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Multi-Shell Nano-CarboScavengers for Petroleum Spill Remediation

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Abstract

Increasingly frequent petroleum contamination in water bodies continues to threaten our ecosystem, which lacks efficient and safe remediation tactics both on macro and nanoscales. Current nanomaterial and dispersant remediation methods neglect to investigate their adverse environmental and biological impact, which can lead to a synergistic chemical imbalance. In response to this rising threat, a highly efficient, environmentally friendly and biocompatible nano-dispersant has been developed comprising a multi-shelled nanoparticle termed ‘Nano-CarboScavengers’ (NCS) with native properties for facile recovery via booms and mesh tools. NCS treated different forms of petroleum oil (raw and distillate form) with considerable efficiency (80% and 91%, respectively) utilizing sequestration and dispersion abilities in tandem with a ~10:1 (oil: NCS; w/w) loading capacity. In extreme contrast with chemical dispersants, the NCS was found to be remarkably benign in in vitro and in vivo assays. Additionally, the carbonaceous nature of NCS broke down by human myeloperoxidase and horseradish peroxidase enzymes, revealing that incidental biological uptake can enzymatically digest the sugar based core.

Introduction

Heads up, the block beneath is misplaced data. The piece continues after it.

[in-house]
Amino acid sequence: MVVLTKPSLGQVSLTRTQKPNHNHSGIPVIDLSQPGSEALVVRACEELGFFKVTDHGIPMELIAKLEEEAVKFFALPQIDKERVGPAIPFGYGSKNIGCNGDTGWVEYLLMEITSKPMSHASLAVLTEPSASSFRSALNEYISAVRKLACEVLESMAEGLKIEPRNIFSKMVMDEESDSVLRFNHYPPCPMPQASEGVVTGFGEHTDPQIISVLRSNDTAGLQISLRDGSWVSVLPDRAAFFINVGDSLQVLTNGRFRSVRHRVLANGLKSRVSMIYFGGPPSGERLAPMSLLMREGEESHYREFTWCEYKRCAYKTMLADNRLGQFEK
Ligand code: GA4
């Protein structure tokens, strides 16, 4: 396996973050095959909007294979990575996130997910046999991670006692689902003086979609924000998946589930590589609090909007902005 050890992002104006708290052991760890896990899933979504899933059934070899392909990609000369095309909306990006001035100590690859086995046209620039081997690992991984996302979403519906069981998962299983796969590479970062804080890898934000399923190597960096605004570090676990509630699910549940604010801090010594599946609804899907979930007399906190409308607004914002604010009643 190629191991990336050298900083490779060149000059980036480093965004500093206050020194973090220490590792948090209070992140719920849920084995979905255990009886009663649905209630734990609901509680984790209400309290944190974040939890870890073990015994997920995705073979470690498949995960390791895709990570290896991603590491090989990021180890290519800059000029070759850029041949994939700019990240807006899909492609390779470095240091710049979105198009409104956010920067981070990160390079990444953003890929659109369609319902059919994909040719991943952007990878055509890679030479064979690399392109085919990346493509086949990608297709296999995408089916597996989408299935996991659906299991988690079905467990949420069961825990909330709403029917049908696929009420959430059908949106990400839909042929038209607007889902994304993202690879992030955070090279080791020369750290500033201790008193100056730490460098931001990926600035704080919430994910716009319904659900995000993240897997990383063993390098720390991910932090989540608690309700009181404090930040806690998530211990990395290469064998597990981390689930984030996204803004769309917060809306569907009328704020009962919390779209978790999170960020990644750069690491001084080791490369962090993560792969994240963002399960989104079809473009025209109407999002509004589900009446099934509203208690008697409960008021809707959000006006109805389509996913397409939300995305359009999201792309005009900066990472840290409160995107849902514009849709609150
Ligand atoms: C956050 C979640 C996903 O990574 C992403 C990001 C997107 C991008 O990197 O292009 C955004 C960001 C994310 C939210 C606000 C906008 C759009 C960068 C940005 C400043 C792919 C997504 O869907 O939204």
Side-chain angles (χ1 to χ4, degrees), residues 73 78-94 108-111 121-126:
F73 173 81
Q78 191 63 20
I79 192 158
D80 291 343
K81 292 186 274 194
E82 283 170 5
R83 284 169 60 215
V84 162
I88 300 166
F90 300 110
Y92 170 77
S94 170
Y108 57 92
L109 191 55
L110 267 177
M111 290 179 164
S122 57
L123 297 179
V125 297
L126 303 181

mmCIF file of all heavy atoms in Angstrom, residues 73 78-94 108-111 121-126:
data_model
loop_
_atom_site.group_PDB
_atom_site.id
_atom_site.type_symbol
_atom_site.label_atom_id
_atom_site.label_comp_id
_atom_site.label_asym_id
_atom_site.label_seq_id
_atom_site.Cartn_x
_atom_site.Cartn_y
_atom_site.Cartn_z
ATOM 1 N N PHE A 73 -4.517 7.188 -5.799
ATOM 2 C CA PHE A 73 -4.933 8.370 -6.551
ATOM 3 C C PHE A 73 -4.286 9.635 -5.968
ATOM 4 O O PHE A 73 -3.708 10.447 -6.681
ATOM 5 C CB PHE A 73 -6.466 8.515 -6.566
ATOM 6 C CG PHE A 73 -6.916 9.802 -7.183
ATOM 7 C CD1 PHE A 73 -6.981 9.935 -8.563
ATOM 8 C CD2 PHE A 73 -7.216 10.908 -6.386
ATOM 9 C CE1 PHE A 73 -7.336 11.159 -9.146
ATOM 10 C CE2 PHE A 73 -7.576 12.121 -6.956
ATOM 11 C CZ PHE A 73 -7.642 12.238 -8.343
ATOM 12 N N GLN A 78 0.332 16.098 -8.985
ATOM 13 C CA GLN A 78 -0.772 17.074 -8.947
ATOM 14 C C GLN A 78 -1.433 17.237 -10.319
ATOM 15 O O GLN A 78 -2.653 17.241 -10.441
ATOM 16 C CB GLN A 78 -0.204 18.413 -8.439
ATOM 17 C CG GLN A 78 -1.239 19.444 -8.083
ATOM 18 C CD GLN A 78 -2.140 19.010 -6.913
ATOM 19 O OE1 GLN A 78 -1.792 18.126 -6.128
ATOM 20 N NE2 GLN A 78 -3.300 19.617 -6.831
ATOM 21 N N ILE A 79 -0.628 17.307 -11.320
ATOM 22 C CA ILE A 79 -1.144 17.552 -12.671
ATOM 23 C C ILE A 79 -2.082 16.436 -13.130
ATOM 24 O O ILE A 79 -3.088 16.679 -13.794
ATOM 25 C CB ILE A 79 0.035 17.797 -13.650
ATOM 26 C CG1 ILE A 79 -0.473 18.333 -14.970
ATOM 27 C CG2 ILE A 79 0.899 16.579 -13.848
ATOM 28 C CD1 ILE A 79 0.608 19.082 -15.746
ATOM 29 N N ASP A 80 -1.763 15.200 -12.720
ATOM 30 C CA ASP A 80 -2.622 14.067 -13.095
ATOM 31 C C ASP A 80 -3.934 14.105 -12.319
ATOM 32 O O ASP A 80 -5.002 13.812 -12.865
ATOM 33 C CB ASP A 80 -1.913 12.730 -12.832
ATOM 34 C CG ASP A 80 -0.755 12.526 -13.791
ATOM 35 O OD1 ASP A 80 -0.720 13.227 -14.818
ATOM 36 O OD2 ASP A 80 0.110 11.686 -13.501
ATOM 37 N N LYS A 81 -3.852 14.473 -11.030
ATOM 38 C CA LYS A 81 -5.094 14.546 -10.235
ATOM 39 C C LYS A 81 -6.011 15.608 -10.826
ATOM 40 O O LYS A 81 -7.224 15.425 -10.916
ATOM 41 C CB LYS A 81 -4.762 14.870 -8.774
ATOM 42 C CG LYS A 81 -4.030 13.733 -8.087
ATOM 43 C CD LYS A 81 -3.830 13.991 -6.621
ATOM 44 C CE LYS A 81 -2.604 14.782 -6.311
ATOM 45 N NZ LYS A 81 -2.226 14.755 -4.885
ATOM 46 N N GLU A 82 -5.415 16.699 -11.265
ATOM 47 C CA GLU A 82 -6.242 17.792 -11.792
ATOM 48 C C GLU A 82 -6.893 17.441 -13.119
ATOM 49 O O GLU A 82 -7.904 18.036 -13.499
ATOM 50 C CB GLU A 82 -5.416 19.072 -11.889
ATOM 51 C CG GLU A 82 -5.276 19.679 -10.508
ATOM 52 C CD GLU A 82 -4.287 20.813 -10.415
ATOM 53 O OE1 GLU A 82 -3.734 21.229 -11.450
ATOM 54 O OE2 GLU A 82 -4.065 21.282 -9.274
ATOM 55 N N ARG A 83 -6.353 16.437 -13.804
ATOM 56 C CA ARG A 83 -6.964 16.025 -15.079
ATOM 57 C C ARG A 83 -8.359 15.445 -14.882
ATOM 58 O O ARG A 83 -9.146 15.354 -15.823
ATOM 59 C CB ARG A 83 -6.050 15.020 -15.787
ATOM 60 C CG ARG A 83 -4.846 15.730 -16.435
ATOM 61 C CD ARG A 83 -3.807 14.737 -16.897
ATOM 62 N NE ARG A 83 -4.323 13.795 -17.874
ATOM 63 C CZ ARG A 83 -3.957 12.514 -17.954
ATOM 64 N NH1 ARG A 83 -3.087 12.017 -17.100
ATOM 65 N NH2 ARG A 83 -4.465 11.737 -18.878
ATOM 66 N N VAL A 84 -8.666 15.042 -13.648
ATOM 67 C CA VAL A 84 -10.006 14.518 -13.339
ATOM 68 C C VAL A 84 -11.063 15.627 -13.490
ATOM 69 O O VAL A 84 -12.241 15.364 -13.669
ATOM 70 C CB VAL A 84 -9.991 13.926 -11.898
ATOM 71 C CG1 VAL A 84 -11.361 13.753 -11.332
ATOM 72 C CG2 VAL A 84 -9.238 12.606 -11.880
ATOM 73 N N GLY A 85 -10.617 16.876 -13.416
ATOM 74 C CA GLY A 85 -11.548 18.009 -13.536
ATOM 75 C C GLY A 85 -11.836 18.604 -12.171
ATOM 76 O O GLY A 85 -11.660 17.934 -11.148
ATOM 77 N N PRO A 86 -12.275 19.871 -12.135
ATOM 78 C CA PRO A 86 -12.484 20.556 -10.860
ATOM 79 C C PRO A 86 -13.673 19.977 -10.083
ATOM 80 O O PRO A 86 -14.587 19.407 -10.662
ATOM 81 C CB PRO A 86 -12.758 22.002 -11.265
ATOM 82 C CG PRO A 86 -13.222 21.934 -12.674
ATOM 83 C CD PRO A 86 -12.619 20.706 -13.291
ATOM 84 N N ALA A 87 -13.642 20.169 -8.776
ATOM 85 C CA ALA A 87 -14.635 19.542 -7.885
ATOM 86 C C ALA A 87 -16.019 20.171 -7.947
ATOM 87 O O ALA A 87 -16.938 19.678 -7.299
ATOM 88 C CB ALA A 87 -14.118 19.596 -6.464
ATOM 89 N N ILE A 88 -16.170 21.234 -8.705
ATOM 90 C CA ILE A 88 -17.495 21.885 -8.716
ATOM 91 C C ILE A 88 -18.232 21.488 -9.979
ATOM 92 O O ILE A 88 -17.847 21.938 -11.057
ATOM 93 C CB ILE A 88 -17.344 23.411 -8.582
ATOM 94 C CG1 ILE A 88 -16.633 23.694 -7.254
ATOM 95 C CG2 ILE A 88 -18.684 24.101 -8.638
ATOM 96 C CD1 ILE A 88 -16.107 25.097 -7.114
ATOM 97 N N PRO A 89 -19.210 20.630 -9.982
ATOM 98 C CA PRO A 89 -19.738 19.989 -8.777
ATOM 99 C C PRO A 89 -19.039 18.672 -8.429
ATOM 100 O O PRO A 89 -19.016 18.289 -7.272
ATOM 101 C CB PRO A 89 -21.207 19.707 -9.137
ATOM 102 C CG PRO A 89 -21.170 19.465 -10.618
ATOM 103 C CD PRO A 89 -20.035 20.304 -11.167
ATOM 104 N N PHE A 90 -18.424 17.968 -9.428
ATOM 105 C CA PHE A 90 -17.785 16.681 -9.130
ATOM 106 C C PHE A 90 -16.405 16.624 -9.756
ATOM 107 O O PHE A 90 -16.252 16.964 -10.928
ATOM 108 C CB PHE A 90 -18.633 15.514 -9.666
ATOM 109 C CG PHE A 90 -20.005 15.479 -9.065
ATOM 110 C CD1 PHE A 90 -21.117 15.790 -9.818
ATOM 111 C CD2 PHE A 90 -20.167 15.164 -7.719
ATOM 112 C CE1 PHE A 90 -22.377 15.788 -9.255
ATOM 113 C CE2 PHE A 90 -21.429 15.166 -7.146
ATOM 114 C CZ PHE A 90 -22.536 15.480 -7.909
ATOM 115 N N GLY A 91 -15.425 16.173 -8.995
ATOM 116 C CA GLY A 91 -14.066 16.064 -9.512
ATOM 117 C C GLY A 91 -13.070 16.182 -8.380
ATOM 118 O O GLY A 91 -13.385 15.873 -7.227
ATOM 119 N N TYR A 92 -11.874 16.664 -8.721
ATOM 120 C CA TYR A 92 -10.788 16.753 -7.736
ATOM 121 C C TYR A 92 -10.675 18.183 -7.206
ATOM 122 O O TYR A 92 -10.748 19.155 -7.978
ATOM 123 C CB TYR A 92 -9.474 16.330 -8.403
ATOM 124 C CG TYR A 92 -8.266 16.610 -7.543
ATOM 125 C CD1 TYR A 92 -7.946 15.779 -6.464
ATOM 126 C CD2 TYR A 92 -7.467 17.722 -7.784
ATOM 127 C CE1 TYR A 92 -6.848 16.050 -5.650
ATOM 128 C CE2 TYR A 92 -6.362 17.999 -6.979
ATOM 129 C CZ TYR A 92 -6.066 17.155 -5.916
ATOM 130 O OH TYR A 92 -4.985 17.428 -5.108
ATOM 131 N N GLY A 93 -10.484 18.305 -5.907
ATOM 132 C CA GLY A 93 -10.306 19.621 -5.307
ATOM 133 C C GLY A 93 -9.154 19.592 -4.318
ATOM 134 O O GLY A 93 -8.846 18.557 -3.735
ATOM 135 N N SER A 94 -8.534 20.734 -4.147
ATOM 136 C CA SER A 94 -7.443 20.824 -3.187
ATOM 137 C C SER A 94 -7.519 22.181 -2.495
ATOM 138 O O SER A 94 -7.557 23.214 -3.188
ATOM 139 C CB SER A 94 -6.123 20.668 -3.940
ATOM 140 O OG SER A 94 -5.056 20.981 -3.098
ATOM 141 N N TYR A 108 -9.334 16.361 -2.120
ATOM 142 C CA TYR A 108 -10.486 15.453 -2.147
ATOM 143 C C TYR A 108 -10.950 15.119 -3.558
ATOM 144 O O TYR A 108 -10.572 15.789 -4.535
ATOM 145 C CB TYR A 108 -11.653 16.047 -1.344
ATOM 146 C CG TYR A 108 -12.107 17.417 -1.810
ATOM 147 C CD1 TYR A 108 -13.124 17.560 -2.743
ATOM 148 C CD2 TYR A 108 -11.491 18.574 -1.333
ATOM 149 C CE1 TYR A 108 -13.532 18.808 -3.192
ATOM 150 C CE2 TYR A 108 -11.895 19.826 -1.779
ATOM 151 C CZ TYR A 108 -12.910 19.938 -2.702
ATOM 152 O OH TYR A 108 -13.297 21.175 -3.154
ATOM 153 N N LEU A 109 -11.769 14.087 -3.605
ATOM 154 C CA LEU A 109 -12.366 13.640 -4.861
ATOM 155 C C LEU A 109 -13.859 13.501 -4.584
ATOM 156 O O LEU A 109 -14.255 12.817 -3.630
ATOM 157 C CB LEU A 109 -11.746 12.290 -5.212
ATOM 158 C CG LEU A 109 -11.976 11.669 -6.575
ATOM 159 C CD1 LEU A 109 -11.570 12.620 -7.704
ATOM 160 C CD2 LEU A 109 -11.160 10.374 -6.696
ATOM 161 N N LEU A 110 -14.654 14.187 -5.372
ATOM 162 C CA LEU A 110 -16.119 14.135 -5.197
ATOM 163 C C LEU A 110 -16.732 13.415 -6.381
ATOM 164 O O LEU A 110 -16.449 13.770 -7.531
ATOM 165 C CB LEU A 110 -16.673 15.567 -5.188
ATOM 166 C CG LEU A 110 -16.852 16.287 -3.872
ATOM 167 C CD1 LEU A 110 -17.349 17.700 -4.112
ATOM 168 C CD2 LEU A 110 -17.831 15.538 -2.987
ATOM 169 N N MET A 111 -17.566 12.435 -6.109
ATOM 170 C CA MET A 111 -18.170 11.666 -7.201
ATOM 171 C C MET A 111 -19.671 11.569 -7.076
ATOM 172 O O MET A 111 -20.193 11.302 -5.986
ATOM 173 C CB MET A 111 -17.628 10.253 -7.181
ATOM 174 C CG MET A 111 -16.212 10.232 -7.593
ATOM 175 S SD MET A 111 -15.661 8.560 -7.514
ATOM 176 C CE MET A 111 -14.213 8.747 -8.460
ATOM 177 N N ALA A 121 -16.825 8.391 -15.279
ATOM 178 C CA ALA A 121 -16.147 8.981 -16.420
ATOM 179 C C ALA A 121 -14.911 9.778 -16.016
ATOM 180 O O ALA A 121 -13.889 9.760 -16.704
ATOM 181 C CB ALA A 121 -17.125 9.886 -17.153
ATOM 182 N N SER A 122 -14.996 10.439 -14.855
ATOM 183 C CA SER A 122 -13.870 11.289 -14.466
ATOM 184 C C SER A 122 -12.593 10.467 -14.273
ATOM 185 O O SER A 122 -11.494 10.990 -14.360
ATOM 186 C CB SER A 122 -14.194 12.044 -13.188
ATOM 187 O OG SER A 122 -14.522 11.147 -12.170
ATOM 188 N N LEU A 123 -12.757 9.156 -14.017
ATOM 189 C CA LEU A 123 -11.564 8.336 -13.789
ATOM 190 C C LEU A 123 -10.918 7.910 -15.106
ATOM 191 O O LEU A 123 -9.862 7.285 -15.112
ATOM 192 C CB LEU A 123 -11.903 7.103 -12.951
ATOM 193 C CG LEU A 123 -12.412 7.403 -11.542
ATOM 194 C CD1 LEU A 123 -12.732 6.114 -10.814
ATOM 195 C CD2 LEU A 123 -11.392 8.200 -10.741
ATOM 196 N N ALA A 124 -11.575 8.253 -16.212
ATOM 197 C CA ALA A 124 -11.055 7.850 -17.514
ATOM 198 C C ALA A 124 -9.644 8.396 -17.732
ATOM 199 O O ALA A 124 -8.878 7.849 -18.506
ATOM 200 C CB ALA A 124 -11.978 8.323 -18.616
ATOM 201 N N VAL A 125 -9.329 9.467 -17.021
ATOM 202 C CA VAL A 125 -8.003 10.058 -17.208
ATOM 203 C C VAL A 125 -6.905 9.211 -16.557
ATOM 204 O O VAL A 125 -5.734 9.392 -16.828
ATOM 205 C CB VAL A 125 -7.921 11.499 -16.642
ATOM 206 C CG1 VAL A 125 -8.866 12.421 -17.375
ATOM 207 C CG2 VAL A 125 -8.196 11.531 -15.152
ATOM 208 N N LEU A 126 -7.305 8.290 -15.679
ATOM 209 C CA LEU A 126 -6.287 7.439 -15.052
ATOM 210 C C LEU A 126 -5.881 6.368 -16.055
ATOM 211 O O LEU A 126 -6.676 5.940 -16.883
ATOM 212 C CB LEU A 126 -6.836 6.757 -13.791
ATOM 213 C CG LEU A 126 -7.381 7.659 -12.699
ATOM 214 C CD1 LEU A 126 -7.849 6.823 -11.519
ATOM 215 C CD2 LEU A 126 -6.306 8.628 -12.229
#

Petroleum and all of its derivatives are a necessity in today’s modern world. Although, the processes involved in its extraction, collection, transportation, and distribution are not free of environmental impairment1. Oceanic spills in 2014 recorded a total of 706 million gallons of waste oil entering the ocean2 with 4,000 tons of that oil lost to the environment3. Many conventional large-scale recovery tactics, such as skimmers paired with booms and suction, partially alleviate the issue, but they leave residual ecologically hazardous hydrocarbon layers and other contaminants on the micrometer scale4. This residual hydrocarbon layer can impede sunlight from penetrating ocean water by up to 90%, thereby crippling photosynthesis-dependent aquatic ecosystems5,6. Highly efficient liquid chemical dispersants7 lower surface tension of the oil-water interface and thus disperse the petroleum into the water column for natural bioremediation via hydrocarbon degrading organisms8,9,10. Unfortunately, these chemicals produce toxic emulsions with the oil during treatment and thereby disrupts the aquatic remediation process11,12,13,14.